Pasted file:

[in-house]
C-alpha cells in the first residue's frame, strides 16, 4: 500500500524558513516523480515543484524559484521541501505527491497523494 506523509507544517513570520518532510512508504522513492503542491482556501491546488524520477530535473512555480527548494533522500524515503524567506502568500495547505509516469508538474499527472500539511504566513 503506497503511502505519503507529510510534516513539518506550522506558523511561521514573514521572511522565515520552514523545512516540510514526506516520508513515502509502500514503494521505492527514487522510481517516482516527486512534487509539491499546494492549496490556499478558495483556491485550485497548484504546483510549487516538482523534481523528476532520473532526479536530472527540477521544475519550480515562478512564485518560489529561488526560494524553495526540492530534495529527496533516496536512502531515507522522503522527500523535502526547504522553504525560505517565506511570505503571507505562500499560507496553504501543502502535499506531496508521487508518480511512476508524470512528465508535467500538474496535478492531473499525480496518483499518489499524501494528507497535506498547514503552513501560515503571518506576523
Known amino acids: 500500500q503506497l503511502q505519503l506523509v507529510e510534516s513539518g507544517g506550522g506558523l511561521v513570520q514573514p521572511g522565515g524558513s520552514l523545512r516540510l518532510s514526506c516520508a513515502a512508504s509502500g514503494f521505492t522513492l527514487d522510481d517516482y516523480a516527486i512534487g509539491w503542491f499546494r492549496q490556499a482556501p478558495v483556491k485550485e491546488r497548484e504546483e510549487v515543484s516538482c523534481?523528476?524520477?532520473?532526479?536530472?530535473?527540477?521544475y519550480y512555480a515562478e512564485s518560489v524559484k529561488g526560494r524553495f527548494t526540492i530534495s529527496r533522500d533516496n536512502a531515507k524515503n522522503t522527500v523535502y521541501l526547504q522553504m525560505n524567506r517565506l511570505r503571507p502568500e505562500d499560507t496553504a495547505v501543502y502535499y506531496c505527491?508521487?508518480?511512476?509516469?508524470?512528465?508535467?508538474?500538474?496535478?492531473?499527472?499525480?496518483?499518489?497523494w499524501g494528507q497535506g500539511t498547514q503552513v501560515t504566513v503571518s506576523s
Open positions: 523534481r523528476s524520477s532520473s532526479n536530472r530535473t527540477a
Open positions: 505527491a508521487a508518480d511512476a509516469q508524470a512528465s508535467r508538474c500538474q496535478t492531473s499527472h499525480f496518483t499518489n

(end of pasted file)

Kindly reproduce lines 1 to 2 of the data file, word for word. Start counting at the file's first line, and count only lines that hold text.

[in-house]
C-alpha cells in the first residue's frame, strides 16, 4: 500500500524558513516523480515543484524559484521541501505527491497523494 506523509507544517513570520518532510512508504522513492503542491482556501491546488524520477530535473512555480527548494533522500524515503524567506502568500495547505509516469508538474499527472500539511504566513 503506497503511502505519503507529510510534516513539518506550522506558523511561521514573514521572511522565515520552514523545512516540510514526506516520508513515502509502500514503494521505492527514487522510481517516482516527486512534487509539491499546494492549496490556499478558495483556491485550485497548484504546483510549487516538482523534481523528476532520473532526479536530472527540477521544475519550480515562478512564485518560489529561488526560494524553495526540492530534495529527496533516496536512502531515507522522503522527500523535502526547504522553504525560505517565506511570505503571507505562500499560507496553504501543502502535499506531496508521487508518480511512476508524470512528465508535467500538474496535478492531473499525480496518483499518489499524501494528507497535506498547514503552513501560515503571518506576523